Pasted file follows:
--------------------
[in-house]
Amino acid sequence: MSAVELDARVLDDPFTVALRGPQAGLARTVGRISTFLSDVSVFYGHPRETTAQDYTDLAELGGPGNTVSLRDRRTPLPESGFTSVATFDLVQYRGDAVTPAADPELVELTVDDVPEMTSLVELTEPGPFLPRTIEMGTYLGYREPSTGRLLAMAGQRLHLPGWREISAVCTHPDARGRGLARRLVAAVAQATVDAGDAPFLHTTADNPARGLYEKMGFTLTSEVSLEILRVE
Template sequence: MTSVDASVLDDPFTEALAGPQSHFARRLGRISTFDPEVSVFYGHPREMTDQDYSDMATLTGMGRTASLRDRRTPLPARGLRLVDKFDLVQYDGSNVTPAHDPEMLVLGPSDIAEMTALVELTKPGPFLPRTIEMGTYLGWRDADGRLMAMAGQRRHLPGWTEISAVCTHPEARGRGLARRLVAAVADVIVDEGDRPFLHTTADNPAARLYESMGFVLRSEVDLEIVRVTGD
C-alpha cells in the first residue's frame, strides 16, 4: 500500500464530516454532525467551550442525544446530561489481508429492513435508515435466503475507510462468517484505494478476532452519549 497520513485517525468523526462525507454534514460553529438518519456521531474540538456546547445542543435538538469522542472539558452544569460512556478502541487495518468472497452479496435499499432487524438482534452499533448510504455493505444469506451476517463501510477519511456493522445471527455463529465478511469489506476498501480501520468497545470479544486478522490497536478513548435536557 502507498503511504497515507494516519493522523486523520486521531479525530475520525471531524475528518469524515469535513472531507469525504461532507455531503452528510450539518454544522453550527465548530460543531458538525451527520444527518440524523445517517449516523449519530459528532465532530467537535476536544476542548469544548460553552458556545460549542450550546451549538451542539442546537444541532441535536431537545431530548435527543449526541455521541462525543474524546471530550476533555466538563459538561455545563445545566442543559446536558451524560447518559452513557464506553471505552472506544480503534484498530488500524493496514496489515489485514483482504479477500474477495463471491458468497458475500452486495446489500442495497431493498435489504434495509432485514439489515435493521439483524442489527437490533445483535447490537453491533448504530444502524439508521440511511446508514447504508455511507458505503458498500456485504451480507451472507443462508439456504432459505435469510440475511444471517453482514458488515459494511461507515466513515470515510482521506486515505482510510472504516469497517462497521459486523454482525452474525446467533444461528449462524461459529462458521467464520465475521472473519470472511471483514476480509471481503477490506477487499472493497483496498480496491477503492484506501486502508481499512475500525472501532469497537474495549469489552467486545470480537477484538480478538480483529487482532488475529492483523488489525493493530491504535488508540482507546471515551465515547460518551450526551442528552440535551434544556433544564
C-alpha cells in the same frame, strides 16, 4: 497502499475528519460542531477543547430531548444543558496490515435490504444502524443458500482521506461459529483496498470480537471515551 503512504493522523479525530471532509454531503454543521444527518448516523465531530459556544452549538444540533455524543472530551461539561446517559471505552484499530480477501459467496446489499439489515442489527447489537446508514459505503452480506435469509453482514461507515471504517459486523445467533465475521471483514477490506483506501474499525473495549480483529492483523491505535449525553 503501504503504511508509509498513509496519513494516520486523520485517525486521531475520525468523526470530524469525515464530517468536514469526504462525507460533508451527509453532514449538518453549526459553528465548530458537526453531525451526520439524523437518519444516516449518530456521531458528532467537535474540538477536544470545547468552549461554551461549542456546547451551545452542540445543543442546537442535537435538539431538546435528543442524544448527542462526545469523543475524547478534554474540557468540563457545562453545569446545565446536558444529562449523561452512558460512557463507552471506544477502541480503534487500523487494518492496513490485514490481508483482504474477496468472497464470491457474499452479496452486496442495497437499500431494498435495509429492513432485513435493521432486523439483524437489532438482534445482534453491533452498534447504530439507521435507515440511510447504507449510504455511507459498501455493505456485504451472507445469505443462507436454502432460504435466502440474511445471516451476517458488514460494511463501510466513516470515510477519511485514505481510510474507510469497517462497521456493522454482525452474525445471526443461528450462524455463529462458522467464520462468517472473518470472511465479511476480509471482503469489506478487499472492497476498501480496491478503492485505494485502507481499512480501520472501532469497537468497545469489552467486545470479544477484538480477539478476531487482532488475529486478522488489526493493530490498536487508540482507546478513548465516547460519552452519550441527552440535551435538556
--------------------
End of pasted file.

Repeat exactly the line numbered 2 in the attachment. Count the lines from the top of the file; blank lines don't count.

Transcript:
Amino acid sequence: MSAVELDARVLDDPFTVALRGPQAGLARTVGRISTFLSDVSVFYGHPRETTAQDYTDLAELGGPGNTVSLRDRRTPLPESGFTSVATFDLVQYRGDAVTPAADPELVELTVDDVPEMTSLVELTEPGPFLPRTIEMGTYLGYREPSTGRLLAMAGQRLHLPGWREISAVCTHPDARGRGLARRLVAAVAQATVDAGDAPFLHTTADNPARGLYEKMGFTLTSEVSLEILRVE